By Andrew Meyer
shared this story
from Photography is Not a Crime: PINAC.
Holy Wireless Recording Devices Batman!
Richard Rynearson has gone all out in his to protect himself from police abuse. Rynearson’s black bulletproof Mitsubishi Eclipse comes equipped with SpectraShield fabric inside, bulletproof glass, and a RadioShack worth of recording devices. The car has a wide-angle camera in the front, back, and under both side view mirrors with separate microphones that feed into a hard drive in the back of the car. And that’s just the start of the recording devices in Rynearson’s batmobile. The car’s hard drive not only streams everything it records to an online server, it records how fast the car drives, it’s GPS position, and whether the turn signals are on, the doors are open or the car is breaking.
All told, Rynearson spent $50,000 prepping his ride. So what drives a man to spend 50K gearing up against law enforcement?
Richard Rynearson, like many Americans living near the southern U.S. border, was detained for an “immigration checkpoint.” In 1976, the Supreme Court chipped away at the right to be free from unreasonable search and seizures guaranteed in the Fourth Amendment, making it legal for the government to stop people without suspicion at a highway up to 100 miles from the border. The Supreme Court ruling mandated that the checkpoints be brief, and “minimally intrusive.”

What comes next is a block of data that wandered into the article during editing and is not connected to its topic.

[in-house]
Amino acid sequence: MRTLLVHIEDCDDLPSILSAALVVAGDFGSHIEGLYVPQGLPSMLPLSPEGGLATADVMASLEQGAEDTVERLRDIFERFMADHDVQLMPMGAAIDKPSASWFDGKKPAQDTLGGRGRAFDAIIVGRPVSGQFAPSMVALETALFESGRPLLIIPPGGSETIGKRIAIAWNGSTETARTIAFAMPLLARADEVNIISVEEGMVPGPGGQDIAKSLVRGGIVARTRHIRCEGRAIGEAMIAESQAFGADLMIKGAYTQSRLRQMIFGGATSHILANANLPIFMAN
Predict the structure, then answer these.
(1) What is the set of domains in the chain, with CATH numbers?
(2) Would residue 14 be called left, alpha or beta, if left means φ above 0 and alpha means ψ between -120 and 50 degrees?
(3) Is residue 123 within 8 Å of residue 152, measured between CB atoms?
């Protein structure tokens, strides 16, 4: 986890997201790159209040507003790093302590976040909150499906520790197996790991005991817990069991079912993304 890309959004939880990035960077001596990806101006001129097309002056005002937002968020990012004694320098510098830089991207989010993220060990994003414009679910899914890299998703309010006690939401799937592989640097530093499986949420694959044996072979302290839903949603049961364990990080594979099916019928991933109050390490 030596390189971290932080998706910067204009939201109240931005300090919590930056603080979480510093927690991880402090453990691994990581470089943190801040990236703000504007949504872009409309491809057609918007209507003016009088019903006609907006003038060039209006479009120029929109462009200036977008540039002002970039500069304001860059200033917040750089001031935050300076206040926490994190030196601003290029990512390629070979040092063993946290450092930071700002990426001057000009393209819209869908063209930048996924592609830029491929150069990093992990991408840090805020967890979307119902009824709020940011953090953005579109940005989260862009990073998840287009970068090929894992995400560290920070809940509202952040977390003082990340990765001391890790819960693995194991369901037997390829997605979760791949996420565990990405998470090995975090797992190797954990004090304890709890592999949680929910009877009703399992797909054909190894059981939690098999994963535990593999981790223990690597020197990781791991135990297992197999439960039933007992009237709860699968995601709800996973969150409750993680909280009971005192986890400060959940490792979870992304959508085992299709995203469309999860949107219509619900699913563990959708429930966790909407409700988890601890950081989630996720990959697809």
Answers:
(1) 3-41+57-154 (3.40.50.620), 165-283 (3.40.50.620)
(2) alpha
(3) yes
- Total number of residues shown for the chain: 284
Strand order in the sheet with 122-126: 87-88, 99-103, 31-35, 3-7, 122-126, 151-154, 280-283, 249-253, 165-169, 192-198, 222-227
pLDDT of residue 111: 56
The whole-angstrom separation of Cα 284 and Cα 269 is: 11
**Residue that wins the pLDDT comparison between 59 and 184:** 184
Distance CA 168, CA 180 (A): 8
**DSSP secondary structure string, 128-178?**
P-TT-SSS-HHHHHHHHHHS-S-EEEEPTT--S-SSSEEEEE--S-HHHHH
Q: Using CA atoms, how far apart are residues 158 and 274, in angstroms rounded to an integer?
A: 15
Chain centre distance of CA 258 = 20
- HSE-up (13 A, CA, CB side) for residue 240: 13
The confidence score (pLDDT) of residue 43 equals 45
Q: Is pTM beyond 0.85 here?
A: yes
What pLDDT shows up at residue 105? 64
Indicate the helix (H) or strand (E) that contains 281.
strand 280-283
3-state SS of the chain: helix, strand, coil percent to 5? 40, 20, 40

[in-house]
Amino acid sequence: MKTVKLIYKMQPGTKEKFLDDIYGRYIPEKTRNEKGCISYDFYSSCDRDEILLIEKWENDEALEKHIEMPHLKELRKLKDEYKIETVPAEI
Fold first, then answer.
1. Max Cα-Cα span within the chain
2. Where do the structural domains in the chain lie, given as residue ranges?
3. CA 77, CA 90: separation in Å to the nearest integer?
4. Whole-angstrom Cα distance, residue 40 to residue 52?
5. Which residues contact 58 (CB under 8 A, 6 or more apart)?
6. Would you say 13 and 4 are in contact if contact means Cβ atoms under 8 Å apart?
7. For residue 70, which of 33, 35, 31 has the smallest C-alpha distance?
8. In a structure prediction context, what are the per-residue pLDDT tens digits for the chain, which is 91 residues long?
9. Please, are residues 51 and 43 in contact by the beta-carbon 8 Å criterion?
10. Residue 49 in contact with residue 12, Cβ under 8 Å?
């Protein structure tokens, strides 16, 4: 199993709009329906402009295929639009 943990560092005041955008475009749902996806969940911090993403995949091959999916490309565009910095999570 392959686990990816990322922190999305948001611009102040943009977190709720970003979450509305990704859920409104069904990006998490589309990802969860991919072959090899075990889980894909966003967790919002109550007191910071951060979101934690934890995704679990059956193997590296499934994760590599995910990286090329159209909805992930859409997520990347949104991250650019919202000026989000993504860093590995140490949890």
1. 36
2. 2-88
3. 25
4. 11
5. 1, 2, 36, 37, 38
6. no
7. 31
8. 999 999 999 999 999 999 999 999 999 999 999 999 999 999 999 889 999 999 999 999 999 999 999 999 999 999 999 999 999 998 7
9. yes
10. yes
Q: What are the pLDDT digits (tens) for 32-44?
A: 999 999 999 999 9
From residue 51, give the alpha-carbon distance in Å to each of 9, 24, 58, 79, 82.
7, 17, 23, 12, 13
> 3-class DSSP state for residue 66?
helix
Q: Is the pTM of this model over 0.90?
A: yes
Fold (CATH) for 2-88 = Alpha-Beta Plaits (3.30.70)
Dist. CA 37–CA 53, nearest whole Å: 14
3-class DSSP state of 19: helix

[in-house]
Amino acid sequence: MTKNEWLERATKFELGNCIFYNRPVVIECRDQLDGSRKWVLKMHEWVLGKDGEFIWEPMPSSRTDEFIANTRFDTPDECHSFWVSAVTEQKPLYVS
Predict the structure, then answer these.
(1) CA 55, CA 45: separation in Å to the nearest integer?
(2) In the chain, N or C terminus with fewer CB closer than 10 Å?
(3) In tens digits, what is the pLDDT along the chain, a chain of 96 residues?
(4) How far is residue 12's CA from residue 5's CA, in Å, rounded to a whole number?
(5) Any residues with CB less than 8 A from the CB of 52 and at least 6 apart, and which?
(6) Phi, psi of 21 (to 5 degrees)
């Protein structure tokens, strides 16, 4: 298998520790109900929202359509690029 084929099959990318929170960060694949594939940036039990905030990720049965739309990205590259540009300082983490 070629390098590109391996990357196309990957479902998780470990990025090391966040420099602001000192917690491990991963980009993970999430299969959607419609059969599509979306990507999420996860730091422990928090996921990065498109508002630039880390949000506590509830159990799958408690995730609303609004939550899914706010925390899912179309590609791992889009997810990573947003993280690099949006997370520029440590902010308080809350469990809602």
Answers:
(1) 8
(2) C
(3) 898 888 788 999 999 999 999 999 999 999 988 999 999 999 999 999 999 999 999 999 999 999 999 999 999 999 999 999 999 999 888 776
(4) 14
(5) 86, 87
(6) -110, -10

Rynearson is one of many in the U.S. now feeling the effects of what happens when government agents are allowed “minimal” intrusions. After Rynearson refused to roll down his window while providing identification, U.S. Homeland Security Border Patrol agents detained Rynearson for 34 minutes. While an immigration checkpoint stop without reasonable suspicion of a crime is legally allowed for only a couple of minutes, the U.S. District Court for the Western District of Texas ruled in Rynearson’s case that refusing to roll down his window and calling his lawyer caused the delay and helped create reasonable suspicion of a crime. The video of Rynearson’s detention, and the complete details of the District Court ruling are below.
“The plaintiff, Richard Rynearson, argued that a thirty-four minute detention for a suspicionless immigration inspection sixty-seven miles from the Mexican border violated the Fourth Amendment’s protection against unreasonable seizures. Rynearson provided video of the encounter that shows he offered a driver’s license, a military ID, an official passport, and a personal passport and answered all eighteen question the agents asked him, with the exception of a single question concerning the identity …read more